Think of the digital/traditional marketing dichotomy as a funnel:
- The traditional aspects of your campaign draw in a wide variety of prospects at the top of your funnel.
- These offline techniques (such as direct mail) then drive potential customers toward your digital presence, such as your website, digital advertisements, social media accounts, or email marketing list.
- Online visitors are greeted with more information about your product and are encouraged to convert— doing so by submitting an inquiry through your online contact form.
So, how do you use offline and online tactics for the optimum result? Let’s explore a few tips:
- Target your audience where they are. Send promotional materials to the appropriate people and places, such as sending direct mailings to the nonprofit headquarters of the organizations in your target market or purchasing paid ads that target keywords your ideal customer is searching for.
- Cross-promote your efforts across channels. For example, share your website and email sign-up opportunities on your social media channels and print “learn more” links on any direct mailings.
- Interact with others in the nonprofit technology community. Discuss best practices, integrations, innovations in your industry and especially, areas where you can partner for a similar goal.
With these strategies, you’ll not only reach the right nonprofit professionals through the methods of communication they’re most likely to respond to, but you will also become a recognizable brand in the nonprofit space, proving to organizations that your solution is one they can rely on.
4. Offer proof to your audience.
Once you’ve identified your audience and the ideal methods of communication, it’s time to present your solution to these nonprofit professionals. We know that you’ll need the basic building blocks of a strong marketing strategy: a well-designed, functional and accessible website, informational and eye-catching product pages, and perhaps even demo videos of the most important features.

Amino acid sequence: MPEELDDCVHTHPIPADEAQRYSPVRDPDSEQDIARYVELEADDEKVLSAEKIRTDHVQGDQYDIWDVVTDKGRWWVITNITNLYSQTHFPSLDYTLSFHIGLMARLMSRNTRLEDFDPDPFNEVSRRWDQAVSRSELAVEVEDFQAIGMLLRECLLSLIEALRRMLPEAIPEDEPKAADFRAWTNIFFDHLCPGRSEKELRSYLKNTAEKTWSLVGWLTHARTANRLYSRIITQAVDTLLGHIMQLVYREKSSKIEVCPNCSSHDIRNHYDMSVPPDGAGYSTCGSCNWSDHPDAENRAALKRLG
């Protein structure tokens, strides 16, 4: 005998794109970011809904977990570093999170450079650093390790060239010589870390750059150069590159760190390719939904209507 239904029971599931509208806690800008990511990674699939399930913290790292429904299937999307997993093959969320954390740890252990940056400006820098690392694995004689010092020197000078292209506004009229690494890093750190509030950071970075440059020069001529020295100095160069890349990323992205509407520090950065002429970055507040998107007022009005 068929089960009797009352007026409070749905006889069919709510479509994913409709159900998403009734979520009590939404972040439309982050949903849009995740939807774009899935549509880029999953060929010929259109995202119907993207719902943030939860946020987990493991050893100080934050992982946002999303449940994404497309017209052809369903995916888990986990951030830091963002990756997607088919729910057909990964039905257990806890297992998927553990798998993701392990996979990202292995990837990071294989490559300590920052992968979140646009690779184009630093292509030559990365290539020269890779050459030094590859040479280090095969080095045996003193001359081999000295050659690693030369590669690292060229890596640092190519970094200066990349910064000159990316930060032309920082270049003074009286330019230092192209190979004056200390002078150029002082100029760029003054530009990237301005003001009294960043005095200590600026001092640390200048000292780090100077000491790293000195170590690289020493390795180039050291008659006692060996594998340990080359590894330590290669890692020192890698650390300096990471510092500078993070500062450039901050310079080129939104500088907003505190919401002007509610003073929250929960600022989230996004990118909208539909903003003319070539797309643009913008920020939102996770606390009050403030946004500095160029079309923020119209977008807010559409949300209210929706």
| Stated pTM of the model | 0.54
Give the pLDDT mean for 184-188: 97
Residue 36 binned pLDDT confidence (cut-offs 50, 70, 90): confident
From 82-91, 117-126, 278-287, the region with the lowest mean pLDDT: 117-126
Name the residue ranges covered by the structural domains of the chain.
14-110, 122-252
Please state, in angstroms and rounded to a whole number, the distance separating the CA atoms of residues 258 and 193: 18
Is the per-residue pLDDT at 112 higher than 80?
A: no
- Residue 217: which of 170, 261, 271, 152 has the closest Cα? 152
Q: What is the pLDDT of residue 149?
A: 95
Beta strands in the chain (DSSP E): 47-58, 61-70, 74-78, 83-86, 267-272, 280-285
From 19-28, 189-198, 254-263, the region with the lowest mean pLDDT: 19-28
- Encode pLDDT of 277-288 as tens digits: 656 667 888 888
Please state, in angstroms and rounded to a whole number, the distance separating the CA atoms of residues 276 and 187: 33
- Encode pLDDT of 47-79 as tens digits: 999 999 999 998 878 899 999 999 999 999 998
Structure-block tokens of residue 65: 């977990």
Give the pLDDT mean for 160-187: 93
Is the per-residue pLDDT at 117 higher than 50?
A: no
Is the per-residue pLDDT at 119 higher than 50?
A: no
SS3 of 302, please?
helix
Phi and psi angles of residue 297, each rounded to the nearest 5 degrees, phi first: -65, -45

However, the cherry on top will be the proof that other nonprofits in your target audience trust your solution.
We know that there are many strong contenders in the world of nonprofit technology and that many of these solutions offer similar features. For example, consider this DNL OmniMedia comparison of two robust constituent relationship management systems: Blackbaud and Salesforce. While Blackbaud has long been a frontrunner in the nonprofit technology sector, Salesforce emerged with its own high-quality solution for nonprofits. This resulted in fierce competition, and satisfied users may be the deciding factor between the two.
A consistent history of satisfied nonprofit professionals that rely on your solution is what will make your solution stand out from the crowd. There are a few ways to display this proof:
- Case studies. These reports are usually three to four pages long and detail the experiences of a nonprofit that tried your solution and found success in it. They should discuss how the solution helped their specific organization, in what manner, and whether or not they continued using the product.